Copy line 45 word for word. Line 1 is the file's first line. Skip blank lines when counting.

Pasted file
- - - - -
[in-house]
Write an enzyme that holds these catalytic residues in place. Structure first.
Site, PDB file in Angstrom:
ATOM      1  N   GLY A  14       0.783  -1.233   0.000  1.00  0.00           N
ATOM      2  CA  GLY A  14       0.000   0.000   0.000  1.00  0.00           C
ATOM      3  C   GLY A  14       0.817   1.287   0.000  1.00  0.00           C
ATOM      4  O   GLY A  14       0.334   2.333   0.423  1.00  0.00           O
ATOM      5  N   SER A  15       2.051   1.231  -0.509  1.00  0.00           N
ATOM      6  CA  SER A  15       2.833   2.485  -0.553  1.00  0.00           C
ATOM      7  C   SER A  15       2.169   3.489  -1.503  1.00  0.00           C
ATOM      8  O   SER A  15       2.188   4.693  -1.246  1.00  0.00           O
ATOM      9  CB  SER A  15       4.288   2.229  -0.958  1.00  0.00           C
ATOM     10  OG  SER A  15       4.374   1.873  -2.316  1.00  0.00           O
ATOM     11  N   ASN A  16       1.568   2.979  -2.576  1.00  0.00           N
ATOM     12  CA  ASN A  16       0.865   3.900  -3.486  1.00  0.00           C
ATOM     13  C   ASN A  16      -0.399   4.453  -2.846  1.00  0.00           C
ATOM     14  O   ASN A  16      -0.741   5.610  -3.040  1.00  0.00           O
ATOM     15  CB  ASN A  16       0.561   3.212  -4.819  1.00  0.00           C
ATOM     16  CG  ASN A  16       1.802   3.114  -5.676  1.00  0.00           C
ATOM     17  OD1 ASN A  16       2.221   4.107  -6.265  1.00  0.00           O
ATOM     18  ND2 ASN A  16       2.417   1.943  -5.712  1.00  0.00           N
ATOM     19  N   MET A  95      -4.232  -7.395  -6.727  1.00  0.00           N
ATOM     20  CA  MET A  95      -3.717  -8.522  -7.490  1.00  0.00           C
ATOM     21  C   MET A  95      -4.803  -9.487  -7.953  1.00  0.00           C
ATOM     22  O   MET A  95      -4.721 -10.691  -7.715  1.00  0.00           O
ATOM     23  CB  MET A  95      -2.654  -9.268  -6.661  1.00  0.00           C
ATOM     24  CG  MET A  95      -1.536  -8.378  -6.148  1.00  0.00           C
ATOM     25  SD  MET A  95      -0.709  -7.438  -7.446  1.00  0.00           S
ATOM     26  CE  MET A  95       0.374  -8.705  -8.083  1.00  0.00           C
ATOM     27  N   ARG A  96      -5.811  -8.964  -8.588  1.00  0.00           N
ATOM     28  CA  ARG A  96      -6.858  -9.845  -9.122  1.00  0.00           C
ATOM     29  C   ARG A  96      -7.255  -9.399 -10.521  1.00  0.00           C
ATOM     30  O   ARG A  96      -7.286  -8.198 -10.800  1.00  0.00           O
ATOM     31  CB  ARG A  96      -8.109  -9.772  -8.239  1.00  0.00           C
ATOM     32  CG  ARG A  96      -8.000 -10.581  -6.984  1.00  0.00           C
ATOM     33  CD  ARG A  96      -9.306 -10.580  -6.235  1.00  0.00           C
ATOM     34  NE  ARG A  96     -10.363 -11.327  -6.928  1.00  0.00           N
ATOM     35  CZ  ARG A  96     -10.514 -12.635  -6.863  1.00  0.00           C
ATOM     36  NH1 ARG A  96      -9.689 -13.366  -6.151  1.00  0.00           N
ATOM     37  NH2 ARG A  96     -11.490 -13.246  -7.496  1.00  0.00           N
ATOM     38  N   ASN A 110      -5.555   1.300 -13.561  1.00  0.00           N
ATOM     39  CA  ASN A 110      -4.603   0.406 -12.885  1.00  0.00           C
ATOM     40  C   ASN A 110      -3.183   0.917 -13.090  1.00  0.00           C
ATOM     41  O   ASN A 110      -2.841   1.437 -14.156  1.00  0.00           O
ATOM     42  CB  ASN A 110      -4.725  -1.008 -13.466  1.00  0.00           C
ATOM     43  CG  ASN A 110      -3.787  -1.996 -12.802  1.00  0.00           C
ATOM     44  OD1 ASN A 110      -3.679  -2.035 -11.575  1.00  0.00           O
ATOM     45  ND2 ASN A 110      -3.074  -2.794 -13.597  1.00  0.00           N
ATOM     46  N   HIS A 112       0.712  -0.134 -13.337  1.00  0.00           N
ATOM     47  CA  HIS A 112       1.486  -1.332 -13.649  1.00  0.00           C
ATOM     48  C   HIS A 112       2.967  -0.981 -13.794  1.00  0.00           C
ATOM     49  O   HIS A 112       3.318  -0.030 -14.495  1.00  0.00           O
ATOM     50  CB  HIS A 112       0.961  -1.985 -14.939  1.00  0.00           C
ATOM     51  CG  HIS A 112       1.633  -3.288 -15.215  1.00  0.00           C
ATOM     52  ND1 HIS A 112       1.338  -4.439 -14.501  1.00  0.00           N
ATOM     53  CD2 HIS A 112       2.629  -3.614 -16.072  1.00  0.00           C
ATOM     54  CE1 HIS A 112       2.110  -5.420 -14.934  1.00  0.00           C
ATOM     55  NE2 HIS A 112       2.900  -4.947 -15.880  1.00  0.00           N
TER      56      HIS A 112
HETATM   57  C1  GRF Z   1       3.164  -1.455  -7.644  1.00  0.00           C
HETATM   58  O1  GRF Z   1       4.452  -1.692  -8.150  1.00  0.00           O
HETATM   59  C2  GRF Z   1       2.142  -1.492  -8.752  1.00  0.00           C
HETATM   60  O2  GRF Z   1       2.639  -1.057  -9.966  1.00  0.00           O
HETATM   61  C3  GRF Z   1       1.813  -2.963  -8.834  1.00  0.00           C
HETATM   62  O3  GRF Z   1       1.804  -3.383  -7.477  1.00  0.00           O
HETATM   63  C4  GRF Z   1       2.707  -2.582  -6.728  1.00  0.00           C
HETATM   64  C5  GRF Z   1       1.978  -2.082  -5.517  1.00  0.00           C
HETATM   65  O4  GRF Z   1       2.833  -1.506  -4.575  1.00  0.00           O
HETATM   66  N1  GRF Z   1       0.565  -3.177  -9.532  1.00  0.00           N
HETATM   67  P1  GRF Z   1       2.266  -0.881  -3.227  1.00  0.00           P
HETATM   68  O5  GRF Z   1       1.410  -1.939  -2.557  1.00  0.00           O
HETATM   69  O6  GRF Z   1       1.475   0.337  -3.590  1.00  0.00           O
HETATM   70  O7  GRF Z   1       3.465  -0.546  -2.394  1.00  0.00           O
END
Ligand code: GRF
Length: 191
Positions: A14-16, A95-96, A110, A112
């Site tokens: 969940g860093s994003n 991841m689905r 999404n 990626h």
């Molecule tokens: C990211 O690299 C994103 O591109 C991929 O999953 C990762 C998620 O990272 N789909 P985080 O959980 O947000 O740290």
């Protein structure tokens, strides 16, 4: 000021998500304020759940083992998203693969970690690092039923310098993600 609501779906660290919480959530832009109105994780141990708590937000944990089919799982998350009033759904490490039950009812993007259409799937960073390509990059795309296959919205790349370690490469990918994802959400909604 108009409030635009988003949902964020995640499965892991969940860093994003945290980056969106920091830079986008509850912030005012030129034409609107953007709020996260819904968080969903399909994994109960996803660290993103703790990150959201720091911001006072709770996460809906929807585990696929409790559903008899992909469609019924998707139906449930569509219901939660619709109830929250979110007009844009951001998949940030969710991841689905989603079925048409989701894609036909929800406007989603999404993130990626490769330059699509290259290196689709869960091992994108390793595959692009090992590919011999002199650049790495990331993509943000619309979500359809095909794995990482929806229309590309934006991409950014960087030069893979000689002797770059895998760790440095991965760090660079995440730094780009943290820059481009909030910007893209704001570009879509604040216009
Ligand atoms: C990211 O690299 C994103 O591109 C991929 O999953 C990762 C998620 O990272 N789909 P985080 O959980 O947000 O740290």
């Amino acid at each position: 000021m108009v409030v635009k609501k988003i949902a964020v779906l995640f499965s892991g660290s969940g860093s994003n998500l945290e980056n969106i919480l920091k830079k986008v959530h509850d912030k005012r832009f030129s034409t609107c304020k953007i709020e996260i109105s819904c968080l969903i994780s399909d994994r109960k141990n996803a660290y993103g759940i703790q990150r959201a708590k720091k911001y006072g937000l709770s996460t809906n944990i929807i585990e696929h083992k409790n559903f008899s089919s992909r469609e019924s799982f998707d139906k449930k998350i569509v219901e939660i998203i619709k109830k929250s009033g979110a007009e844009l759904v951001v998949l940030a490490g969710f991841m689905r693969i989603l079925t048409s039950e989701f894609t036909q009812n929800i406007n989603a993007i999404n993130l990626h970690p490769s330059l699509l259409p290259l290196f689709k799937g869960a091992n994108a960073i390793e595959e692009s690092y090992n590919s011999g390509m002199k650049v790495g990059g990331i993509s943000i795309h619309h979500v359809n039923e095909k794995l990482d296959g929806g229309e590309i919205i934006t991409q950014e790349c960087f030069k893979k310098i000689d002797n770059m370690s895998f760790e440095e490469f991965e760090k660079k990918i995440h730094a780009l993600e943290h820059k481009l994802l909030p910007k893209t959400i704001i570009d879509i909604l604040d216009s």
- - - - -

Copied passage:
ATOM     42  CB  ASN A 110      -4.725  -1.008 -13.466  1.00  0.00           C